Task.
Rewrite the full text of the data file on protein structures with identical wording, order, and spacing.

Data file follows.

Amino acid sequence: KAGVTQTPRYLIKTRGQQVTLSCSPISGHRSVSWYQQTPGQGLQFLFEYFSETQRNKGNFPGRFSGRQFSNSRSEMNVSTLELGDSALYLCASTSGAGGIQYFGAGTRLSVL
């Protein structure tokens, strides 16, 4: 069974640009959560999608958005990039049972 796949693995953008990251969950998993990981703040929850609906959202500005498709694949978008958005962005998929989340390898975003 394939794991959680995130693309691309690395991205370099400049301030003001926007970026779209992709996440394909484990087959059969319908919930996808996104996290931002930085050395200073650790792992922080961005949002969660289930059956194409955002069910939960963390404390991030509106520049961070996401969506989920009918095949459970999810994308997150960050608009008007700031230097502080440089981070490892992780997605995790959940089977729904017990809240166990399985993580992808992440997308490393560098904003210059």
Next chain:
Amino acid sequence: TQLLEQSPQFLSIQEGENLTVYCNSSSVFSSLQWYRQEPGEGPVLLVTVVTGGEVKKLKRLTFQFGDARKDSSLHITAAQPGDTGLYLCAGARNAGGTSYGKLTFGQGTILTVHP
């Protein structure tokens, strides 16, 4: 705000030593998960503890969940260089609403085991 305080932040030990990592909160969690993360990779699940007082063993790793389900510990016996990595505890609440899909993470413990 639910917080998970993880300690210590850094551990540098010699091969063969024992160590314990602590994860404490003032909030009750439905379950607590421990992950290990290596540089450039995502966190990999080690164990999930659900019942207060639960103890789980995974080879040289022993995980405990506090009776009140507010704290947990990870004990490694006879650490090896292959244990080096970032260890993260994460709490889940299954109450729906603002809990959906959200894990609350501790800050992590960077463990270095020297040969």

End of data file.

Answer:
Amino acid sequence: KAGVTQTPRYLIKTRGQQVTLSCSPISGHRSVSWYQQTPGQGLQFLFEYFSETQRNKGNFPGRFSGRQFSNSRSEMNVSTLELGDSALYLCASTSGAGGIQYFGAGTRLSVL
């Protein structure tokens, strides 16, 4: 069974640009959560999608958005990039049972 796949693995953008990251969950998993990981703040929850609906959202500005498709694949978008958005962005998929989340390898975003 394939794991959680995130693309691309690395991205370099400049301030003001926007970026779209992709996440394909484990087959059969319908919930996808996104996290931002930085050395200073650790792992922080961005949002969660289930059956194409955002069910939960963390404390991030509106520049961070996401969506989920009918095949459970999810994308997150960050608009008007700031230097502080440089981070490892992780997605995790959940089977729904017990809240166990399985993580992808992440997308490393560098904003210059």
Next chain:
Amino acid sequence: TQLLEQSPQFLSIQEGENLTVYCNSSSVFSSLQWYRQEPGEGPVLLVTVVTGGEVKKLKRLTFQFGDARKDSSLHITAAQPGDTGLYLCAGARNAGGTSYGKLTFGQGTILTVHP
């Protein structure tokens, strides 16, 4: 705000030593998960503890969940260089609403085991 305080932040030990990592909160969690993360990779699940007082063993790793389900510990016996990595505890609440899909993470413990 639910917080998970993880300690210590850094551990540098010699091969063969024992160590314990602590994860404490003032909030009750439905379950607590421990992950290990290596540089450039995502966190990999080690164990999930659900019942207060639960103890789980995974080879040289022993995980405990506090009776009140507010704290947990990870004990490694006879650490090896292959244990080096970032260890993260994460709490889940299954109450729906603002809990959906959200894990609350501790800050992590960077463990270095020297040969």